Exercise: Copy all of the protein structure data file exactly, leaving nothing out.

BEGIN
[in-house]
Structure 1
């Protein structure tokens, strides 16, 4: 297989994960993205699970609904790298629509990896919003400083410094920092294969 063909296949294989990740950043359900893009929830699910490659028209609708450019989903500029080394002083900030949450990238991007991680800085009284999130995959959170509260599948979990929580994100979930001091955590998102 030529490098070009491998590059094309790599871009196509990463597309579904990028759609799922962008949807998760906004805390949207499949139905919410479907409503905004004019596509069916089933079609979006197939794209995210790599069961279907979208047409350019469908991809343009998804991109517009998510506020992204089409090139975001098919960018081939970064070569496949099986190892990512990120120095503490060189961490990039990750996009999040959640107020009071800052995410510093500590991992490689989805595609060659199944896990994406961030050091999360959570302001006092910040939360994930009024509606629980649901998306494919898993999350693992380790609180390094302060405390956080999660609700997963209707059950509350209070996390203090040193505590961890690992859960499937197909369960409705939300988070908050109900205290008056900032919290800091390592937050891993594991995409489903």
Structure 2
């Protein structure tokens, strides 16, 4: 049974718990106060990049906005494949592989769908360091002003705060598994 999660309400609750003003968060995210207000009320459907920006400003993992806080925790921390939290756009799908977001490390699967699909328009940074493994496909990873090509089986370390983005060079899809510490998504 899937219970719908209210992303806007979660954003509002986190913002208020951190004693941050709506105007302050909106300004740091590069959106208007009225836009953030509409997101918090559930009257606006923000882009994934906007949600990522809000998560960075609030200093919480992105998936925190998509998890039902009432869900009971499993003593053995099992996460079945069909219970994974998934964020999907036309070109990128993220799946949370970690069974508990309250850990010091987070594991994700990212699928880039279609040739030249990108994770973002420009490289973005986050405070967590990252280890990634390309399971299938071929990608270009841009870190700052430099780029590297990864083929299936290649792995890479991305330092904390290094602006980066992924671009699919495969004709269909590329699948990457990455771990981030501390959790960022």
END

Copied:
[in-house]
Structure 1
């Protein structure tokens, strides 16, 4: 297989994960993205699970609904790298629509990896919003400083410094920092294969 063909296949294989990740950043359900893009929830699910490659028209609708450019989903500029080394002083900030949450990238991007991680800085009284999130995959959170509260599948979990929580994100979930001091955590998102 030529490098070009491998590059094309790599871009196509990463597309579904990028759609799922962008949807998760906004805390949207499949139905919410479907409503905004004019596509069916089933079609979006197939794209995210790599069961279907979208047409350019469908991809343009998804991109517009998510506020992204089409090139975001098919960018081939970064070569496949099986190892990512990120120095503490060189961490990039990750996009999040959640107020009071800052995410510093500590991992490689989805595609060659199944896990994406961030050091999360959570302001006092910040939360994930009024509606629980649901998306494919898993999350693992380790609180390094302060405390956080999660609700997963209707059950509350209070996390203090040193505590961890690992859960499937197909369960409705939300988070908050109900205290008056900032919290800091390592937050891993594991995409489903």
Structure 2
């Protein structure tokens, strides 16, 4: 049974718990106060990049906005494949592989769908360091002003705060598994 999660309400609750003003968060995210207000009320459907920006400003993992806080925790921390939290756009799908977001490390699967699909328009940074493994496909990873090509089986370390983005060079899809510490998504 899937219970719908209210992303806007979660954003509002986190913002208020951190004693941050709506105007302050909106300004740091590069959106208007009225836009953030509409997101918090559930009257606006923000882009994934906007949600990522809000998560960075609030200093919480992105998936925190998509998890039902009432869900009971499993003593053995099992996460079945069909219970994974998934964020999907036309070109990128993220799946949370970690069974508990309250850990010091987070594991994700990212699928880039279609040739030249990108994770973002420009490289973005986050405070967590990252280890990634390309399971299938071929990608270009841009870190700052430099780029590297990864083929299936290649792995890479991305330092904390290094602006980066992924671009699919495969004709269909590329699948990457990455771990981030501390959790960022």